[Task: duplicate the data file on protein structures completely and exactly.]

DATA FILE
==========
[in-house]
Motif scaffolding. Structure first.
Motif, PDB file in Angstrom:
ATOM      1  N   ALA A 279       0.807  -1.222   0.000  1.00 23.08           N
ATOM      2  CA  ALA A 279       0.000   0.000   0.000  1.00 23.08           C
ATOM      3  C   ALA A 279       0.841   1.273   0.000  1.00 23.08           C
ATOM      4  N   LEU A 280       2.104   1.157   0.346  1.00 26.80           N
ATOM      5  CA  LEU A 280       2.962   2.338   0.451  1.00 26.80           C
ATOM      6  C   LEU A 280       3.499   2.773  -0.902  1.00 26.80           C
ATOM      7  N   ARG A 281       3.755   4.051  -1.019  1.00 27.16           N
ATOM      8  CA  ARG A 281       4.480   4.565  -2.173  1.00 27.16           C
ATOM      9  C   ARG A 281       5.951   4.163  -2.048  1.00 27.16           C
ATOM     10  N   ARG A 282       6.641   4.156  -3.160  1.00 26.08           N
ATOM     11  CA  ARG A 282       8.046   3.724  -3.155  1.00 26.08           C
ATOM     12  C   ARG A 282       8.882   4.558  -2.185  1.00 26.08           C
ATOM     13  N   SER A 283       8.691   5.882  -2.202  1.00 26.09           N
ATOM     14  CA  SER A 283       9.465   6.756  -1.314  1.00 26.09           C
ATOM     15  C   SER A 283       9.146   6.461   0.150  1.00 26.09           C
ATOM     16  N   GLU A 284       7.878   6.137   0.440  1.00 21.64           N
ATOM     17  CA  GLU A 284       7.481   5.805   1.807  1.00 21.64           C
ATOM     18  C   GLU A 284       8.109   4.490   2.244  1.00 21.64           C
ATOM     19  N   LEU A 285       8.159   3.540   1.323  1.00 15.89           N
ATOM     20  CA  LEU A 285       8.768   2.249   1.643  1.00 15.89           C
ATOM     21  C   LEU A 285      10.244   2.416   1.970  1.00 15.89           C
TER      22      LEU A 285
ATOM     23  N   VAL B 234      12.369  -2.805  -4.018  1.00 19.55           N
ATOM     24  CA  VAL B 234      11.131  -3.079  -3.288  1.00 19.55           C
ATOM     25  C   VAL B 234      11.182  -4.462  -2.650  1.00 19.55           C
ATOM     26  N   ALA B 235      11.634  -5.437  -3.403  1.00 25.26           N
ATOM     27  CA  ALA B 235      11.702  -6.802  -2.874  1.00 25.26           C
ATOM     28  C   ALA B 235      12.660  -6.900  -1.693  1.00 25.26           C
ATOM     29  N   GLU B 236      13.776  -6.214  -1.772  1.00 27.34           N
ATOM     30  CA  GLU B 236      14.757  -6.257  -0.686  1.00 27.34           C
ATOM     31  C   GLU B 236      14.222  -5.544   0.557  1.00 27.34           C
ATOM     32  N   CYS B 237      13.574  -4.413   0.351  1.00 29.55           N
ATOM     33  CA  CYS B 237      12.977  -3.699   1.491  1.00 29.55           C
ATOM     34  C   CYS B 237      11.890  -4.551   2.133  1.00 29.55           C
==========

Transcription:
[in-house]
Motif scaffolding. Structure first.
Motif, PDB file in Angstrom:
ATOM      1  N   ALA A 279       0.807  -1.222   0.000  1.00 23.08           N
ATOM      2  CA  ALA A 279       0.000   0.000   0.000  1.00 23.08           C
ATOM      3  C   ALA A 279       0.841   1.273   0.000  1.00 23.08           C
ATOM      4  N   LEU A 280       2.104   1.157   0.346  1.00 26.80           N
ATOM      5  CA  LEU A 280       2.962   2.338   0.451  1.00 26.80           C
ATOM      6  C   LEU A 280       3.499   2.773  -0.902  1.00 26.80           C
ATOM      7  N   ARG A 281       3.755   4.051  -1.019  1.00 27.16           N
ATOM      8  CA  ARG A 281       4.480   4.565  -2.173  1.00 27.16           C
ATOM      9  C   ARG A 281       5.951   4.163  -2.048  1.00 27.16           C
ATOM     10  N   ARG A 282       6.641   4.156  -3.160  1.00 26.08           N
ATOM     11  CA  ARG A 282       8.046   3.724  -3.155  1.00 26.08           C
ATOM     12  C   ARG A 282       8.882   4.558  -2.185  1.00 26.08           C
ATOM     13  N   SER A 283       8.691   5.882  -2.202  1.00 26.09           N
ATOM     14  CA  SER A 283       9.465   6.756  -1.314  1.00 26.09           C
ATOM     15  C   SER A 283       9.146   6.461   0.150  1.00 26.09           C
ATOM     16  N   GLU A 284       7.878   6.137   0.440  1.00 21.64           N
ATOM     17  CA  GLU A 284       7.481   5.805   1.807  1.00 21.64           C
ATOM     18  C   GLU A 284       8.109   4.490   2.244  1.00 21.64           C
ATOM     19  N   LEU A 285       8.159   3.540   1.323  1.00 15.89           N
ATOM     20  CA  LEU A 285       8.768   2.249   1.643  1.00 15.89           C
ATOM     21  C   LEU A 285      10.244   2.416   1.970  1.00 15.89           C
TER      22      LEU A 285
ATOM     23  N   VAL B 234      12.369  -2.805  -4.018  1.00 19.55           N
ATOM     24  CA  VAL B 234      11.131  -3.079  -3.288  1.00 19.55           C
ATOM     25  C   VAL B 234      11.182  -4.462  -2.650  1.00 19.55           C
ATOM     26  N   ALA B 235      11.634  -5.437  -3.403  1.00 25.26           N
ATOM     27  CA  ALA B 235      11.702  -6.802  -2.874  1.00 25.26           C
ATOM     28  C   ALA B 235      12.660  -6.900  -1.693  1.00 25.26           C
ATOM     29  N   GLU B 236      13.776  -6.214  -1.772  1.00 27.34           N
ATOM     30  CA  GLU B 236      14.757  -6.257  -0.686  1.00 27.34           C
ATOM     31  C   GLU B 236      14.222  -5.544   0.557  1.00 27.34           C
ATOM     32  N   CYS B 237      13.574  -4.413   0.351  1.00 29.55           N
ATOM     33  CA  CYS B 237      12.977  -3.699   1.491  1.00 29.55           C
ATOM     34  C   CYS B 237      11.890  -4.551   2.133  1.00 29.55           C